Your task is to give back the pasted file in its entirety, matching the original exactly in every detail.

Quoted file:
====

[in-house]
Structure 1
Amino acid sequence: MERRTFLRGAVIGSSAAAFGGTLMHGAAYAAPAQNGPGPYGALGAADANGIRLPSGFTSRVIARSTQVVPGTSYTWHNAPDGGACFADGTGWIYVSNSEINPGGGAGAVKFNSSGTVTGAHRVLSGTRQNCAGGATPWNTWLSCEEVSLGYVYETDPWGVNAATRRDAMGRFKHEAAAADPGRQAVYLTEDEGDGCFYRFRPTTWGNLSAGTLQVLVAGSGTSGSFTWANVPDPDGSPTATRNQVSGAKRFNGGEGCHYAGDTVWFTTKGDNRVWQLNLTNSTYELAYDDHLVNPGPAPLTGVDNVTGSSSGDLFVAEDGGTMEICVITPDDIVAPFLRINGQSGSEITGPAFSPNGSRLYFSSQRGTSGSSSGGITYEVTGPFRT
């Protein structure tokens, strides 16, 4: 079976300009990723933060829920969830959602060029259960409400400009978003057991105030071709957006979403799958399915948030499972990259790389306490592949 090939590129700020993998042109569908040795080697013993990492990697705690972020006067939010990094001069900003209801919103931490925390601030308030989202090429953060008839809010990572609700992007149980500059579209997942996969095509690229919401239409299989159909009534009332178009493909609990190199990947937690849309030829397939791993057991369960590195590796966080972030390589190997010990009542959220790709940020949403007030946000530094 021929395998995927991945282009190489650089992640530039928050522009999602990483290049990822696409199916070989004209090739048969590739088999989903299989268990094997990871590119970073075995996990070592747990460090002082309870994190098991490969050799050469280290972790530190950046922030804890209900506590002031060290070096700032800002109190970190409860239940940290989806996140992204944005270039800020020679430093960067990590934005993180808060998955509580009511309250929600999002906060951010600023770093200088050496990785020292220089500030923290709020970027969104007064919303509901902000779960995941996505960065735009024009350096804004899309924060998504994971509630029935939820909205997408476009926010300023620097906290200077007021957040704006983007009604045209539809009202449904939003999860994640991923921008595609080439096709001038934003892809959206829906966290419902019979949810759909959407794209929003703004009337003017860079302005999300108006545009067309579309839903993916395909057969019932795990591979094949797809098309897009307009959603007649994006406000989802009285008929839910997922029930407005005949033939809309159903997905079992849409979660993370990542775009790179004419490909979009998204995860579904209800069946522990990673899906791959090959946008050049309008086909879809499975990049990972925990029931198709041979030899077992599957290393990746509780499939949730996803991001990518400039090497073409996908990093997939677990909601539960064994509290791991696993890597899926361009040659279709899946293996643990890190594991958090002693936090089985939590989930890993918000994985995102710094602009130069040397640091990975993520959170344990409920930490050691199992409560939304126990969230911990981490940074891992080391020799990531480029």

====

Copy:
[in-house]
Structure 1
Amino acid sequence: MERRTFLRGAVIGSSAAAFGGTLMHGAAYAAPAQNGPGPYGALGAADANGIRLPSGFTSRVIARSTQVVPGTSYTWHNAPDGGACFADGTGWIYVSNSEINPGGGAGAVKFNSSGTVTGAHRVLSGTRQNCAGGATPWNTWLSCEEVSLGYVYETDPWGVNAATRRDAMGRFKHEAAAADPGRQAVYLTEDEGDGCFYRFRPTTWGNLSAGTLQVLVAGSGTSGSFTWANVPDPDGSPTATRNQVSGAKRFNGGEGCHYAGDTVWFTTKGDNRVWQLNLTNSTYELAYDDHLVNPGPAPLTGVDNVTGSSSGDLFVAEDGGTMEICVITPDDIVAPFLRINGQSGSEITGPAFSPNGSRLYFSSQRGTSGSSSGGITYEVTGPFRT
């Protein structure tokens, strides 16, 4: 079976300009990723933060829920969830959602060029259960409400400009978003057991105030071709957006979403799958399915948030499972990259790389306490592949 090939590129700020993998042109569908040795080697013993990492990697705690972020006067939010990094001069900003209801919103931490925390601030308030989202090429953060008839809010990572609700992007149980500059579209997942996969095509690229919401239409299989159909009534009332178009493909609990190199990947937690849309030829397939791993057991369960590195590796966080972030390589190997010990009542959220790709940020949403007030946000530094 021929395998995927991945282009190489650089992640530039928050522009999602990483290049990822696409199916070989004209090739048969590739088999989903299989268990094997990871590119970073075995996990070592747990460090002082309870994190098991490969050799050469280290972790530190950046922030804890209900506590002031060290070096700032800002109190970190409860239940940290989806996140992204944005270039800020020679430093960067990590934005993180808060998955509580009511309250929600999002906060951010600023770093200088050496990785020292220089500030923290709020970027969104007064919303509901902000779960995941996505960065735009024009350096804004899309924060998504994971509630029935939820909205997408476009926010300023620097906290200077007021957040704006983007009604045209539809009202449904939003999860994640991923921008595609080439096709001038934003892809959206829906966290419902019979949810759909959407794209929003703004009337003017860079302005999300108006545009067309579309839903993916395909057969019932795990591979094949797809098309897009307009959603007649994006406000989802009285008929839910997922029930407005005949033939809309159903997905079992849409979660993370990542775009790179004419490909979009998204995860579904209800069946522990990673899906791959090959946008050049309008086909879809499975990049990972925990029931198709041979030899077992599957290393990746509780499939949730996803991001990518400039090497073409996908990093997939677990909601539960064994509290791991696993890597899926361009040659279709899946293996643990890190594991958090002693936090089985939590989930890993918000994985995102710094602009130069040397640091990975993520959170344990409920930490050691199992409560939304126990969230911990981490940074891992080391020799990531480029």